If your organisation is struggling to bring about much-needed change, you need stretchy staff.
What are “stretchy staff”?
Staff are so important to the success of an organisation. Their willingness to develop themselves and the organisation they work for often comes down to goodwill, personal motivation and an understanding of how to spot opportunities and make change happen. For far too long, we have asked staff members to be flexible. But for me, flexibility is about slightly flexing or shifting from the current position, not making those larger changes to keep up to date with current increasing demands.
To ensure organisations have the exponential growth needed to survive, they will need more than the previous small gains produced by enabling flexibility in the workforce. If your organisation needs more than a small shift, then you will have to ask your staff to not only be flexible, but to be stretchy.
Think about it; flexibility is about altering your working hours or being willing to take on a slightly different way of working that’s flexible. I believe that, to embrace change and develop a more innovative way of working, staff need to look at things from a different perspective, step outside their comfort zone and consider things in a way they may have never done before.
Stretchy staff will take on new tasks knowing that, in order to do so, they will have to learn new skills whic they don’t currently possess. They will have to take on challenges they don’t feel comfortable with, but will do so with the acceptance that there is a need to grow and develop if they are to stretch themselves. They will understand that this can take effort and needs support, and that sometimes things won’t go to plan, and that adjustments will need to be made and retried. We need to embrace an acceptance of trying and not be afraid of failing, but accept it as part of the process of development.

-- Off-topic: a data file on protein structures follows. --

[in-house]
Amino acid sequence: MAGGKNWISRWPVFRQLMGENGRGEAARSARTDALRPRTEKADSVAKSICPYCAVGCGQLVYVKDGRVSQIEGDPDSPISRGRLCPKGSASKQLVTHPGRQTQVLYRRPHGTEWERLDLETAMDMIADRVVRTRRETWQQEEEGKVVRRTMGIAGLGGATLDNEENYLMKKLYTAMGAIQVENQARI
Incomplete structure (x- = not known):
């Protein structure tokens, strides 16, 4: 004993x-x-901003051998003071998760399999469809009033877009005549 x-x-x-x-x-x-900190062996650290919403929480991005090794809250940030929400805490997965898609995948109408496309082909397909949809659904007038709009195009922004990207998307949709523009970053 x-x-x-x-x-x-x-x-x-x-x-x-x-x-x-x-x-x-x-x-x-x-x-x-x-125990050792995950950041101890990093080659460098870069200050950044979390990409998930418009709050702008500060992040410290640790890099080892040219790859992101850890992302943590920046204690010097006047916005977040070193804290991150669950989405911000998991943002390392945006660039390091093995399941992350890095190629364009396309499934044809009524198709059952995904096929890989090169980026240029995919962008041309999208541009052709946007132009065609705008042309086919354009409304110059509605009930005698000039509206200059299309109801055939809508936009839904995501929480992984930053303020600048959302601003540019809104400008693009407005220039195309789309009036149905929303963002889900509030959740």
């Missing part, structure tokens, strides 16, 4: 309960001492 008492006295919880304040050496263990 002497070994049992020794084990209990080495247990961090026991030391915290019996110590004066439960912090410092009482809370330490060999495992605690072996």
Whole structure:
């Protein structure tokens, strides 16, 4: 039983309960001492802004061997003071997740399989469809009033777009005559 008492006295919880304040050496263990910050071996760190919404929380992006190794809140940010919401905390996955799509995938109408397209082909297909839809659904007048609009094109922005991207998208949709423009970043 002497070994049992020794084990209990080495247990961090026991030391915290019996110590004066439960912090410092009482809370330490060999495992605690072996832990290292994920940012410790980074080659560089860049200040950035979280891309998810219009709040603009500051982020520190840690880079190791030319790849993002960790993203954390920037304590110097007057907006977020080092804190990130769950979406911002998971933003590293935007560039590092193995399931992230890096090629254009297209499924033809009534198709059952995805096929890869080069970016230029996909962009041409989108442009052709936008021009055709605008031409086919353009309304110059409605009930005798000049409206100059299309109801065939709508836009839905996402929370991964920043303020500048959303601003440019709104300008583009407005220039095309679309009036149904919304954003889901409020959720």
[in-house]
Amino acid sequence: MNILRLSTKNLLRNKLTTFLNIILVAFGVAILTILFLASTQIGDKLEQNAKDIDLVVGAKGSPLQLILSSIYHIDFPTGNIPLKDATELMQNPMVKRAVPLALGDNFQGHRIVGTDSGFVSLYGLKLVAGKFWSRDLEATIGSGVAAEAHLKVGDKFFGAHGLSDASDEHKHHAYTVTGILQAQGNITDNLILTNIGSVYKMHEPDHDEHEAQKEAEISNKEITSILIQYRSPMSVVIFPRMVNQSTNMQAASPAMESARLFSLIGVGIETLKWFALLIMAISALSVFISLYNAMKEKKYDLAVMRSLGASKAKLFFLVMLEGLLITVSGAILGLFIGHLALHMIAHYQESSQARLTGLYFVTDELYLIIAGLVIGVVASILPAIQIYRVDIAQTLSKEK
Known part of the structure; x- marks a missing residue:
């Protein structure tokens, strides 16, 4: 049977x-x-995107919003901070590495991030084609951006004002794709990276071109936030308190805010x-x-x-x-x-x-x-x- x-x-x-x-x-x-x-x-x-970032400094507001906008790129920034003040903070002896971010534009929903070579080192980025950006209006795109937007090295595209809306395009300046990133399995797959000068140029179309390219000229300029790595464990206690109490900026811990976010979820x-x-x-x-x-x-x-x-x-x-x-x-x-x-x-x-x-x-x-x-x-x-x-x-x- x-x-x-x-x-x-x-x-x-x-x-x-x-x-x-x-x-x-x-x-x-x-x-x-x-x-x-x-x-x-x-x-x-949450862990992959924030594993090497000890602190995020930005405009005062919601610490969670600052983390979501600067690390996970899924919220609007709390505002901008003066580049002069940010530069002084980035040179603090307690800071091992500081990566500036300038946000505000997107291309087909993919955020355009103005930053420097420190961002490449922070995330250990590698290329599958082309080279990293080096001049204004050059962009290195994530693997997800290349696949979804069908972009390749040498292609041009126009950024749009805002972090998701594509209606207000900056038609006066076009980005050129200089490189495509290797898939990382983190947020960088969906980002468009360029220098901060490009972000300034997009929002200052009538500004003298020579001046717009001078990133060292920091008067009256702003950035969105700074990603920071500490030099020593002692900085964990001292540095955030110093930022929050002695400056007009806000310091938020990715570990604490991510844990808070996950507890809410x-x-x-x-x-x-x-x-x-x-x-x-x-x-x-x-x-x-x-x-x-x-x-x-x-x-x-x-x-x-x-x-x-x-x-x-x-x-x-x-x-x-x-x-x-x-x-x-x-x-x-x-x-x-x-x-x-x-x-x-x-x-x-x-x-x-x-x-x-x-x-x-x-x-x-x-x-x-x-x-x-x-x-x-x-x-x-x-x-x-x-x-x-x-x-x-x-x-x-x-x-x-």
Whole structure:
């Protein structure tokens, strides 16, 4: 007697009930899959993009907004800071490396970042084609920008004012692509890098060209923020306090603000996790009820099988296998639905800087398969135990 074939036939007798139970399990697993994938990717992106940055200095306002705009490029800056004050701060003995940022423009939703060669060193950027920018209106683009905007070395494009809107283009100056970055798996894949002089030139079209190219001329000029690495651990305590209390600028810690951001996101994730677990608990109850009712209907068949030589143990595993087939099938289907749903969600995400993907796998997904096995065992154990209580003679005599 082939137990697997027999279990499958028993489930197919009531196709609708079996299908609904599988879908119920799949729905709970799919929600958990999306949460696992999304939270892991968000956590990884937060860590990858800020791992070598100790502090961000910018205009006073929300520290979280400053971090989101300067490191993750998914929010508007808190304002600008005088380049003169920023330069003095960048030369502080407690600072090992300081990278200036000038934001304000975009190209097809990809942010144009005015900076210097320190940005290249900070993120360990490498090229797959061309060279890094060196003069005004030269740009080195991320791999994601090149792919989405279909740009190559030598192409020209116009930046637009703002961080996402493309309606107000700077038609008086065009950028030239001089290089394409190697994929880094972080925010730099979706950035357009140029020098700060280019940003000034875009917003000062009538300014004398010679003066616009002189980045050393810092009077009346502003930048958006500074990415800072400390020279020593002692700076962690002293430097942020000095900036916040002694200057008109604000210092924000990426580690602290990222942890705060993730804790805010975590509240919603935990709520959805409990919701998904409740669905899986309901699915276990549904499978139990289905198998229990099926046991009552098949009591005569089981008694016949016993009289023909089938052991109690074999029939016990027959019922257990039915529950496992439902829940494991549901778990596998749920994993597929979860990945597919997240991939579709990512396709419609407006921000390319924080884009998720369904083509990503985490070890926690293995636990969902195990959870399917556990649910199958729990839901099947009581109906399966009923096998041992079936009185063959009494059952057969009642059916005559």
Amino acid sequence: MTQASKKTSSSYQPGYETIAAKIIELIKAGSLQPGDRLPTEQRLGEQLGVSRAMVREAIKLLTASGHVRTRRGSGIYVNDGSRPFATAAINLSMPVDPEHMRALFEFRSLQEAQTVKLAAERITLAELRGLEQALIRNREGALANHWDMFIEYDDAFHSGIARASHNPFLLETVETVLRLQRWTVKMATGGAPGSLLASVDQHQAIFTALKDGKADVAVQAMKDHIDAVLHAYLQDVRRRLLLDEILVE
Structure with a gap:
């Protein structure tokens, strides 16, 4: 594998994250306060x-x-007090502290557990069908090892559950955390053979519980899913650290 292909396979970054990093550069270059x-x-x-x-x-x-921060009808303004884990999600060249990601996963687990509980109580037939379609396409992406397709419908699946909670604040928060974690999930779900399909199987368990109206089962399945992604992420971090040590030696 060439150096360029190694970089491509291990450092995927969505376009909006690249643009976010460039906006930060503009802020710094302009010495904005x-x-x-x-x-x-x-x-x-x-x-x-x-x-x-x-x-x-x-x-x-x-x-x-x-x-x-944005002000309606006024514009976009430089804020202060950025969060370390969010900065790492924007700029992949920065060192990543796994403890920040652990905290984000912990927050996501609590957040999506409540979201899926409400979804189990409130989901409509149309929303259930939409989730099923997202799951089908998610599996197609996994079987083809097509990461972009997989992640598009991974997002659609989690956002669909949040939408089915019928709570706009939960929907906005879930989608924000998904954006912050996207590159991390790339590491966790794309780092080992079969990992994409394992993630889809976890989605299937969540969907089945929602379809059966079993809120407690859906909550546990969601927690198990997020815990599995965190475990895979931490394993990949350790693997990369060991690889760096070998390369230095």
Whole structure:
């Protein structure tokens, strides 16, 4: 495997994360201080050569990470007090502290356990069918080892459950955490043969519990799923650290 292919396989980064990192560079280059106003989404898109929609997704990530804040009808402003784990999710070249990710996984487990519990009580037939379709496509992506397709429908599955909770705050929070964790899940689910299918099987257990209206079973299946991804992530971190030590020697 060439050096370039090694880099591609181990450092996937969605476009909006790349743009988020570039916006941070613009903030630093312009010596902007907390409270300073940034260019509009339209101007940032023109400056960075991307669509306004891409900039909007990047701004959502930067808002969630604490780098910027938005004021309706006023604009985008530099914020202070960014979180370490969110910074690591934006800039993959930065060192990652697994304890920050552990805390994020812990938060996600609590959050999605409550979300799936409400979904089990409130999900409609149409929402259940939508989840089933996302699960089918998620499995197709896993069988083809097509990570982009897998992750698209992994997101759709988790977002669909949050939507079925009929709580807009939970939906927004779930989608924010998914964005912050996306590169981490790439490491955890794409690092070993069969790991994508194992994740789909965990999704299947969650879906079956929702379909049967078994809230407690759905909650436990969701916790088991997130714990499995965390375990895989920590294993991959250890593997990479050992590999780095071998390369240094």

Developing stretchy staff
Encouraging your team members to be stretchy in the way they think about themselves and their skills can be the difference between them saying, “I’m not able to do that,” and saying, “I think I could do that”.
Let’s think of it like this: If a staff member believes that, just because they haven’t done something before in exactly the same way as you are asking them to, that they don’t have the skills and abilities, then that’s not considering skills in a stretchy way. For example, if you ask a staff member to organise an event to promote a new project at work, they might at first think, “I haven’t done that before; I don’t know if I can”. However, if they start to think in a stretchy way, they can consider things like, “I have organised birthday parties before,” or “I have some great social media skills I could use”. You can then encourage them by thinking of similar things they have done and link those in. They will have to accept that other areas that they have no experience in might be harder, however, they simply need to give them a try and stretch themselves. It’s likely they will surprise themselves with their new skills.
Embrace the stretchy
By embracing ‘stretchy thinking’, staff, teams and whole companies can begin to take on new challenges, make changes and achieve more. Yes, sometimes they will fail, but failure can, if considered in a positive way, support stretchy thinking in the future.
‘Stretchy Thinking’ is a tool used by Rebecca Jones with teams to develop more innovative ways of working to achieve more. It is based on the work by Dr Carol Dweck on growth mindset and Rebecca’s work with companies wishing to involve their staff members in innovation.